Ploughing to this extent is often referred to as primary cultivation, and secondary cultivation to create the seedbed will be required.
If the site is reasonably free of ground cover and has a workable substrate already, then it might be possible to create a seedbed via secondary cultivation. Within wildflower soil preparation, rotovating can help create a friable seedbed down to a depth of 50-100 mm.
Chemical: Use of non-residual herbicides
If the cultivated area has high levels of weeds such as docks, Fat hen or Nettles, it is recommended to follow the secondary cultivation process by leaving the area for a few weeks to let any weed seedlings germinate.
An application of a non-residual herbicide can kill them off and create a clean seedbed with reduced competition. Just remember to wait until the weed seedlings have chitted but are still small.
You should be able to sow wildflower seeds no later than two weeks after application, but always remember to check the label of the product you use.
Do not re-work the area after your herbicide application, as this will churn new weed seeds to the surface. Sow your wildflower seed mixture directly into the clean seedbed you have created.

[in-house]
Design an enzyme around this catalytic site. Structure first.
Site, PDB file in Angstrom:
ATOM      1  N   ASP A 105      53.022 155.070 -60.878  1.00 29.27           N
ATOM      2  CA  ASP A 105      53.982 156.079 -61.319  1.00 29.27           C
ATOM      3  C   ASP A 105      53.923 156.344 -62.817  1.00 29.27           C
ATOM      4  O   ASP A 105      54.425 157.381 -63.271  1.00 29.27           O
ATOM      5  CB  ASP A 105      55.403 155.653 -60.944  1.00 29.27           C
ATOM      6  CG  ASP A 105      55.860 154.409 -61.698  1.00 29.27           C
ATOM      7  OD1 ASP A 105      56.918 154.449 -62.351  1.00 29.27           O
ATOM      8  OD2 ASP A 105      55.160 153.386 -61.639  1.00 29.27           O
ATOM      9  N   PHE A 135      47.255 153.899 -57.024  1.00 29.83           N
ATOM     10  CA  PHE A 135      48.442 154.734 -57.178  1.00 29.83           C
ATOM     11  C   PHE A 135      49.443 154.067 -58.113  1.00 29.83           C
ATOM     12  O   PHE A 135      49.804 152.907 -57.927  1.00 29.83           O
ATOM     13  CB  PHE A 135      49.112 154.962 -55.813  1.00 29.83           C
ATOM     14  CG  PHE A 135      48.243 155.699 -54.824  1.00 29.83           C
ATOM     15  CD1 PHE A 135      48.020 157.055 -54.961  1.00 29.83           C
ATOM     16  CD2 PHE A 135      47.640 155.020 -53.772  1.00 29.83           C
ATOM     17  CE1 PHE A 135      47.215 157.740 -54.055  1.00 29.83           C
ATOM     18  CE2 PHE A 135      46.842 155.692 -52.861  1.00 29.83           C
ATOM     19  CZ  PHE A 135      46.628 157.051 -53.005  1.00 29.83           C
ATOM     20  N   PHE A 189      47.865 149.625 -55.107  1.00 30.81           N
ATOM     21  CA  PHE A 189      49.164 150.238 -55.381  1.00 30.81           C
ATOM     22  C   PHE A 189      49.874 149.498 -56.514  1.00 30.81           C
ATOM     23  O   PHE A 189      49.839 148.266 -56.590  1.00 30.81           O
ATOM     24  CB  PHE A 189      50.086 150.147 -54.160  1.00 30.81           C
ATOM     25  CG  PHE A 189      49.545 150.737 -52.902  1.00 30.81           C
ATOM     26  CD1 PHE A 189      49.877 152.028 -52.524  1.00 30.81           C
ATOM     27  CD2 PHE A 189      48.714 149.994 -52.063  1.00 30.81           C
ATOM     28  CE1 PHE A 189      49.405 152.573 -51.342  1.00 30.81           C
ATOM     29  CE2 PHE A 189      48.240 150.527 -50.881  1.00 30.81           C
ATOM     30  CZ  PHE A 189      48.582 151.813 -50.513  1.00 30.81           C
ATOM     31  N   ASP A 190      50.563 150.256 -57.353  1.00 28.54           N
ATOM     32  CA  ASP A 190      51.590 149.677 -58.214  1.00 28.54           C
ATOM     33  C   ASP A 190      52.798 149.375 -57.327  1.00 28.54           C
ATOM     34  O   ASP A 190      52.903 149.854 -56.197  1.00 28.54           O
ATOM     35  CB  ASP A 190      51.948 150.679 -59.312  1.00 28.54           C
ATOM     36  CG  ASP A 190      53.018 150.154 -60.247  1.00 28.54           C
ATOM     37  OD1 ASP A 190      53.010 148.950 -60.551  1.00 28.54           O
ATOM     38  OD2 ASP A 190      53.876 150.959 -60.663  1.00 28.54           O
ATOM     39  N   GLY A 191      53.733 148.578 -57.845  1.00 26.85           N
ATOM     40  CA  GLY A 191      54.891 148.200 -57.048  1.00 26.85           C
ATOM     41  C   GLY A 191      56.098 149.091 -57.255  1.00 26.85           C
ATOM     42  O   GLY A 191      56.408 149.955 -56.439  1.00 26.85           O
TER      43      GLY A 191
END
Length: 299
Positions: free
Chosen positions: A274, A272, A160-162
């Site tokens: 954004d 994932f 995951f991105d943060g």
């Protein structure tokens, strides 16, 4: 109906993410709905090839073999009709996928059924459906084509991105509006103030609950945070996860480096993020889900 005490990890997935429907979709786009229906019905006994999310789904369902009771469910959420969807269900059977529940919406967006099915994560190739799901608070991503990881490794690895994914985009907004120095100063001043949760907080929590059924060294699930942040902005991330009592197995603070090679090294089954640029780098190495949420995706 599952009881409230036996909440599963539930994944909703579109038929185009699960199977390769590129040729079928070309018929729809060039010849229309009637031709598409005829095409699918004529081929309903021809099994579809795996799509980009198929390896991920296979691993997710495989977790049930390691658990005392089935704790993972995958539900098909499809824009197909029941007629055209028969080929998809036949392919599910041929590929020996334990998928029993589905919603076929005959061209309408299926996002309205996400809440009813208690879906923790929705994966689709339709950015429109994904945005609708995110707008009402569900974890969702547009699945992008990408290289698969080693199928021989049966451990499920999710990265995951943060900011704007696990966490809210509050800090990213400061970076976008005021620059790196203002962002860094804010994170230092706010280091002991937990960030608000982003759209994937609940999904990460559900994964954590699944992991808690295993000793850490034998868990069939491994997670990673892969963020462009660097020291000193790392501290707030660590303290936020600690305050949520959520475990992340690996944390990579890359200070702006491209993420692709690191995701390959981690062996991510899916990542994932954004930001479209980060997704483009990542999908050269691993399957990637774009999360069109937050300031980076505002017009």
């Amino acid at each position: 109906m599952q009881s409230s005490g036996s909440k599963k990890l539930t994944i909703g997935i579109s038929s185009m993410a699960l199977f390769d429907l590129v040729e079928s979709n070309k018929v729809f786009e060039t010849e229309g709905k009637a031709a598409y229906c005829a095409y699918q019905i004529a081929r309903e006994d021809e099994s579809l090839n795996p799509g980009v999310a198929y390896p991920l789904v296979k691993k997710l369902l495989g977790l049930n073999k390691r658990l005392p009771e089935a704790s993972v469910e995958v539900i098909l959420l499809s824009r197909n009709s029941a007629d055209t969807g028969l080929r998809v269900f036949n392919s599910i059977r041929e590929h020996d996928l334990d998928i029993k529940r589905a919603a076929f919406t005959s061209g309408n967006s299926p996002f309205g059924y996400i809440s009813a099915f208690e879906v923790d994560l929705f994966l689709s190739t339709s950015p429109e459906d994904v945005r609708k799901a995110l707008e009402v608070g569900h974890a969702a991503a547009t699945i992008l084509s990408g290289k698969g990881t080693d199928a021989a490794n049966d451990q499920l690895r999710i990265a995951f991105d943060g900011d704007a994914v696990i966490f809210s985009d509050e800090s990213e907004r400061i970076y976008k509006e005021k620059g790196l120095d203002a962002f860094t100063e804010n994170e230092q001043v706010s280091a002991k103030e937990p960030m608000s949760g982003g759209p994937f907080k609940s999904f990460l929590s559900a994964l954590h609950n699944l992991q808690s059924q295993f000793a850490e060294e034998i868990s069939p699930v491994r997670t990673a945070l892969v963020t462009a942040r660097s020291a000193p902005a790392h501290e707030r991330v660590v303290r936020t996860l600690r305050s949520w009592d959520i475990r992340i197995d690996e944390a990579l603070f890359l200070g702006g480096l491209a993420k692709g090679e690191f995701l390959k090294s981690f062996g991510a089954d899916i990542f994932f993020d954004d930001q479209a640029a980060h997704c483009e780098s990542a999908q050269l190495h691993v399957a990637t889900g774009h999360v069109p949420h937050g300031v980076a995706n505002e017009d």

How to prepare a wildflower bed
The aim is to create a workable seedbed with a medium tilth so you can sow wildflower seeds and incorporate them into the top of the root zone. At times, two cultivations might be needed.
As previously described, ploughing can bury unwanted ground cover and bring less fertile material to the surface. Unfortunately, it won’t provide a workable seedbed, so a second cultivation is needed.
After primary cultivation – or, if there is no ground cover and the soil is of a reasonable composition and ploughing is not needed – you should cultivate the soil.
There are various types of machinery available, from tractor-mounted discs or tried cultivation, right down to pedestrian rotavators. Please note that clay soils will require more effort than sandy soils.
If the topsoil has been removed for use elsewhere on site, you will be cultivating a subsoil. These soils are notoriously difficult to prepare to a tilth.
However, every effort should be made to do so. These soils generally require adequate moisture to cultivate effectively, but not too much. So, it is sometimes the case that, subject to prevailing weather, the job is delayed until these soils can be worked.
On the positive side, these soils are less likely to carry a seed bank of unwanted weed species. To clarify, a seed bank comprises dormant weed seeds lying in the soil whose germination is triggered after they surface.
Workable soils are more likely to have higher levels of fertility and, therefore, higher levels of weed species in a seed bank.